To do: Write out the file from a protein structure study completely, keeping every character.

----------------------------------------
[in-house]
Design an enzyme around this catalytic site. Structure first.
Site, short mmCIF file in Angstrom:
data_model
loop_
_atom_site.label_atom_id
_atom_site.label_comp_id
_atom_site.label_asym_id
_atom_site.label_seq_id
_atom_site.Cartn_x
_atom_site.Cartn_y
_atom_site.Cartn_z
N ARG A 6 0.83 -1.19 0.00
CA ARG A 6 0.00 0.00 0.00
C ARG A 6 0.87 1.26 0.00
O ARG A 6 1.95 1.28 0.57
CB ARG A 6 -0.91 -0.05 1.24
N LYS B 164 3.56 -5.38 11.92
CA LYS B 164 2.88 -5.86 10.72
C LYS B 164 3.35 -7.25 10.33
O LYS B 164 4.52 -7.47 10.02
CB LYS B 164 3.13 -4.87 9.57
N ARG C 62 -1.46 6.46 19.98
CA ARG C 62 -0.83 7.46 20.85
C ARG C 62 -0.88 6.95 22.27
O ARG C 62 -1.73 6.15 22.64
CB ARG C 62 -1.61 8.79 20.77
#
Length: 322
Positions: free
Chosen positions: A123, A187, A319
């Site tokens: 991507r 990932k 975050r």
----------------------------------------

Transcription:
[in-house]
Design an enzyme around this catalytic site. Structure first.
Site, short mmCIF file in Angstrom:
data_model
loop_
_atom_site.label_atom_id
_atom_site.label_comp_id
_atom_site.label_asym_id
_atom_site.label_seq_id
_atom_site.Cartn_x
_atom_site.Cartn_y
_atom_site.Cartn_z
N ARG A 6 0.83 -1.19 0.00
CA ARG A 6 0.00 0.00 0.00
C ARG A 6 0.87 1.26 0.00
O ARG A 6 1.95 1.28 0.57
CB ARG A 6 -0.91 -0.05 1.24
N LYS B 164 3.56 -5.38 11.92
CA LYS B 164 2.88 -5.86 10.72
C LYS B 164 3.35 -7.25 10.33
O LYS B 164 4.52 -7.47 10.02
CB LYS B 164 3.13 -4.87 9.57
N ARG C 62 -1.46 6.46 19.98
CA ARG C 62 -0.83 7.46 20.85
C ARG C 62 -0.88 6.95 22.27
O ARG C 62 -1.73 6.15 22.64
CB ARG C 62 -1.61 8.79 20.77
#
Length: 322
Positions: free
Chosen positions: A123, A187, A319
């Site tokens: 991507r 990932k 975050r």